So I guess we will see what happens in the near future, it seems like it’s an exciting area of FOSS to be involved in. Sadly, I don’t have much time to work on any of this.

Google Patchwork

I live in Adelaide and have been playing around with Google maps recently. I have no sense of direction which makes Google quite useful for getting to places. It appears that Google has some problems with satellite images for South Australia. If you take a look at the map below, you should see that it is built out of three totally different captures, you can even see a few clouds.

Google patchwork.

If you zoom out one more level, the map data totally change,

Google Transsision

I wonder how they decided what data to use?

LCA2008 all over :(

Well, I am back at work after spending last week at, it was a huge amount of fun and the organisers did a great job. I am really happy that I got to catch up with all the people cool I had not seen for almost a year. We managed to have a Thousand Parsec developer meeting which was pretty fruitful. As with last year, I ran the Gaming Miniconf and a large “Open Source Gaming” stand on Open Day.

The Gaming Miniconf was a little slow to start, my first speaker turned up late and my second speaker was unable to get his laptop to work with the projector. I was disappointed with the turn out during the morning, last year we easily had 70 people for most of the day, while this year it was closer to 40. The competition for people’s attention in the morning was tough, there where 8 other miniconfs running. The keynote speeches before the Miniconfs last year, really helped make everyone was getting out of bed.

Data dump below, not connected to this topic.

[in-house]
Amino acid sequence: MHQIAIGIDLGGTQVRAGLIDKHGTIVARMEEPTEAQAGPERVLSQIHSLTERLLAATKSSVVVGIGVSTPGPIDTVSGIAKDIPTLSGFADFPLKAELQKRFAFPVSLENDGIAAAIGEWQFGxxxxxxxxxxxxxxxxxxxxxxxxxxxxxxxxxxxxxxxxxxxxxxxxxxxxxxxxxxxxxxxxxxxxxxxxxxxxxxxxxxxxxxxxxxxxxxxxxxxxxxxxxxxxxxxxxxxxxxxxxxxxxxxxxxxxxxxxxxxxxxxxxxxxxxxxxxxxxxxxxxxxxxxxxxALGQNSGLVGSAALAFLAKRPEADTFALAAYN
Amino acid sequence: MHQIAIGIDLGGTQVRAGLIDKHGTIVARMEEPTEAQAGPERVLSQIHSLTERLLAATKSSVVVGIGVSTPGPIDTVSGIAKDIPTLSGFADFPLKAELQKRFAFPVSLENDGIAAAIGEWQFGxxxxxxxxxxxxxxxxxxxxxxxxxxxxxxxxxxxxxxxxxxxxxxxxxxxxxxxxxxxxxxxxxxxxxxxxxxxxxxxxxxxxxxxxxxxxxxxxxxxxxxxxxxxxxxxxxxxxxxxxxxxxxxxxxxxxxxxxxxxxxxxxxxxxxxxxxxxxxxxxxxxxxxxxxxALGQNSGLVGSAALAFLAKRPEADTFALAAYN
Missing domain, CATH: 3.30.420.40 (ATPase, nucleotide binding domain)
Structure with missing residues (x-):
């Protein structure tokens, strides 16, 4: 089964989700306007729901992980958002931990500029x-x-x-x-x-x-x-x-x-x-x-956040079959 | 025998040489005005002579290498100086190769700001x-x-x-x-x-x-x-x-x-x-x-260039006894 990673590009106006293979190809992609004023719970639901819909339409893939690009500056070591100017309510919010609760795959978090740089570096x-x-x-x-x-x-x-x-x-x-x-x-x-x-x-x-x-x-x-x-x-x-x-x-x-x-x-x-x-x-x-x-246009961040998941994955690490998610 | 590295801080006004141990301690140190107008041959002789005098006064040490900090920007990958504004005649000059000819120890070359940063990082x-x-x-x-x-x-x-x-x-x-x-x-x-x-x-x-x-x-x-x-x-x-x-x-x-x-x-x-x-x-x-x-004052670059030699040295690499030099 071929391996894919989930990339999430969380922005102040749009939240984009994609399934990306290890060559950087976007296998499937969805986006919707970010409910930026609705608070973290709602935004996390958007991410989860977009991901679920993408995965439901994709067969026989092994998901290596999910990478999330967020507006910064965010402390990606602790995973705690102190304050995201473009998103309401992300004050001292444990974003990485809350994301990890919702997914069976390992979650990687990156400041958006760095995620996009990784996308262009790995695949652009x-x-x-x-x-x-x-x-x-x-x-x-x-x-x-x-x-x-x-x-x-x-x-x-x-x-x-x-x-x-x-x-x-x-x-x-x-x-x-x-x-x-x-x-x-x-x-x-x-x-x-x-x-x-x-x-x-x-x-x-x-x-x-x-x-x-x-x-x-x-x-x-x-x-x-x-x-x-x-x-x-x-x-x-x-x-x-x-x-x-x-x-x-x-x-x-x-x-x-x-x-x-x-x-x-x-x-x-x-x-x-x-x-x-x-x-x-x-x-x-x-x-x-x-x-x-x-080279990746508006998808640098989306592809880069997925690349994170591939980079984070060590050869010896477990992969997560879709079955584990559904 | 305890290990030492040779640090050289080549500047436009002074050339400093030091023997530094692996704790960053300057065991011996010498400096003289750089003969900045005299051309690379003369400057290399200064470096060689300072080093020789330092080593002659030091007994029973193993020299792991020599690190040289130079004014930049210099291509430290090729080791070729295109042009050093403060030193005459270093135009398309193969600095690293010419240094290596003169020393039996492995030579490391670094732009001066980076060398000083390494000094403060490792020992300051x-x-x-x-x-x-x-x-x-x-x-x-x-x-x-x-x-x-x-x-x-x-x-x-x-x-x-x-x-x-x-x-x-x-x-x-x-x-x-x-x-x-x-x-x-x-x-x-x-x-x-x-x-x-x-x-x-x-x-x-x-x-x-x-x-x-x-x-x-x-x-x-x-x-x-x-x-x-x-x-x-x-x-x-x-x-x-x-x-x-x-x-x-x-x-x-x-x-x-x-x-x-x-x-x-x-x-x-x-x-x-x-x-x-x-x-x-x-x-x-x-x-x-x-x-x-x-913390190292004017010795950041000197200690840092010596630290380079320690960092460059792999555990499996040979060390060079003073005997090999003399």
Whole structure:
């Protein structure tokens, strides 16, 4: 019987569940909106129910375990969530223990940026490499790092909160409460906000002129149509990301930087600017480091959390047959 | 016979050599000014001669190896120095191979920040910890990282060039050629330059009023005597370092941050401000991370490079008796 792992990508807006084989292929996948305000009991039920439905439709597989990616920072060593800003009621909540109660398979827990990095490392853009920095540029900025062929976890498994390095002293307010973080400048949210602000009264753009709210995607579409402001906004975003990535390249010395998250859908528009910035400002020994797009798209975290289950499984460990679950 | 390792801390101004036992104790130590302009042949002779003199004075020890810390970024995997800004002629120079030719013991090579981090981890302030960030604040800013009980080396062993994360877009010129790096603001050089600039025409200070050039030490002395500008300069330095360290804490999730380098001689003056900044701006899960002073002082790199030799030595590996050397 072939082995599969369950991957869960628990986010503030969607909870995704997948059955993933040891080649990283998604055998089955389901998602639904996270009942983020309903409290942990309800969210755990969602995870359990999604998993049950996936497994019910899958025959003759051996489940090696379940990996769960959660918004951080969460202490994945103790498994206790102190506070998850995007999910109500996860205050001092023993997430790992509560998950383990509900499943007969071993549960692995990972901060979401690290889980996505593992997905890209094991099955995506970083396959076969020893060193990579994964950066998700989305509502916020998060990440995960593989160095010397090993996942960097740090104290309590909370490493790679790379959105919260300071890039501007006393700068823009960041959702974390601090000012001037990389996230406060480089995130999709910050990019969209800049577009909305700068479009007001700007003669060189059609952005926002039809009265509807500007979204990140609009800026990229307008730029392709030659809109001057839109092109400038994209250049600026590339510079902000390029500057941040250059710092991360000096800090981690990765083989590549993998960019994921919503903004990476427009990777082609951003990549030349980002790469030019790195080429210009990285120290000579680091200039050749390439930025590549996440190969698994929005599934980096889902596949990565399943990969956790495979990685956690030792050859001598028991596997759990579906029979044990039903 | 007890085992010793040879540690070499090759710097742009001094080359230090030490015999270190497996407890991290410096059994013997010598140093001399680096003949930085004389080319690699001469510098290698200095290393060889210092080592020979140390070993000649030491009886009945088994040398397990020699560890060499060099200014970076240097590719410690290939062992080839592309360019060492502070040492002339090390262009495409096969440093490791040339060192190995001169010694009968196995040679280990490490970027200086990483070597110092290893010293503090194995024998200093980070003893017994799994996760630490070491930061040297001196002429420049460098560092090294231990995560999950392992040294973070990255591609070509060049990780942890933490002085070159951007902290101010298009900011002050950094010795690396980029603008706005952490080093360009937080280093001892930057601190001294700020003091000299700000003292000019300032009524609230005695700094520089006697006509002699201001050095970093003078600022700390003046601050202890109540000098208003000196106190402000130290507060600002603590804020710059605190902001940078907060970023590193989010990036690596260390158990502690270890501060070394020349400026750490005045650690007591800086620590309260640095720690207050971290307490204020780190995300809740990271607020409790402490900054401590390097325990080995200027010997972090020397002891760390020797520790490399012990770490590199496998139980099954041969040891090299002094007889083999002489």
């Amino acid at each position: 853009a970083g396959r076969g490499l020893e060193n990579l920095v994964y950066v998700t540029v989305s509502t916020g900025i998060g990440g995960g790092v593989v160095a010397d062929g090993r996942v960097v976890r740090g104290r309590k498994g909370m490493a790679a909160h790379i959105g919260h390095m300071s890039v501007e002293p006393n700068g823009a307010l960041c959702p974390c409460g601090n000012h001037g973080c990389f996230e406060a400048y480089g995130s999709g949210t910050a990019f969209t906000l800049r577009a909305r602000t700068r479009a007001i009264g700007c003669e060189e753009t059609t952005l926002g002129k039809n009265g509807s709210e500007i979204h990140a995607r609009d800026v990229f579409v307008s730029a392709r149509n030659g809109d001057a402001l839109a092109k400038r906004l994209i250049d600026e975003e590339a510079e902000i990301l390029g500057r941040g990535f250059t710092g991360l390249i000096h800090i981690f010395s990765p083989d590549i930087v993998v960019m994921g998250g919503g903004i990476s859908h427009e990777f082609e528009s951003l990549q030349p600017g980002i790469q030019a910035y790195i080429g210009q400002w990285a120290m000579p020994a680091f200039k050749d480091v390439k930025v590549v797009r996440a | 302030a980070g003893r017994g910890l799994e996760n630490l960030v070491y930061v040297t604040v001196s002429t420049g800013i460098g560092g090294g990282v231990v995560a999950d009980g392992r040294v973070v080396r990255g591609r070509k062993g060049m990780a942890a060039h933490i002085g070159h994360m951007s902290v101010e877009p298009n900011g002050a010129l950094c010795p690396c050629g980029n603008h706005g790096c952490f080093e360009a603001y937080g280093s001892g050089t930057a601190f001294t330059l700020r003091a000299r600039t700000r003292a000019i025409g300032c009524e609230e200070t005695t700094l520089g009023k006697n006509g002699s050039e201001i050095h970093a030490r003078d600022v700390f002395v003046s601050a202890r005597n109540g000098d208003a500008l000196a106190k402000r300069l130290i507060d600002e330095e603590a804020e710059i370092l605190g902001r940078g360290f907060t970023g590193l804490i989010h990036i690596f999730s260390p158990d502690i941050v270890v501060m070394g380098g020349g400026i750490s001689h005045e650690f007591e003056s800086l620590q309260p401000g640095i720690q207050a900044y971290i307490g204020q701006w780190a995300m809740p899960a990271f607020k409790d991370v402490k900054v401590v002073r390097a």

I am much happier with the afternoon, things ran significantly smoother and the pyglet tutorial was a huge hit. It was amazing to watch Richard and Alex work, they really should give a main conference tutorial next year. I am currently encoding all the talks and hope to have them up very soon (for those who where silly enough to attend the wrong Miniconf). Watch this space for more information.

The Open Day was pretty cool, I would like to thank all the helpers – they did a great job and allowed me to concentrate on organising things (like setting up hardware and finding lunch for everyone). I do wish that the Open Day venue was much larger, it was rather cramped for most of the day. The open day is one of the best events we have to show the general public all the cool things FOSS is doing and I would like to see it become a bigger and longer event.

I belive that previously Miniconf organisers had been given the short end of the stick. The effort required to organise a Miniconf is significantly more then required for a talk, yet they received none of the perks or recognition that speakers did. I’m glad that the organising committee decided to make a change this year and I feel this small gesture made a huge difference.

Of course, I also managed to attended a number of cool talks. I would recommend going and watching some of them.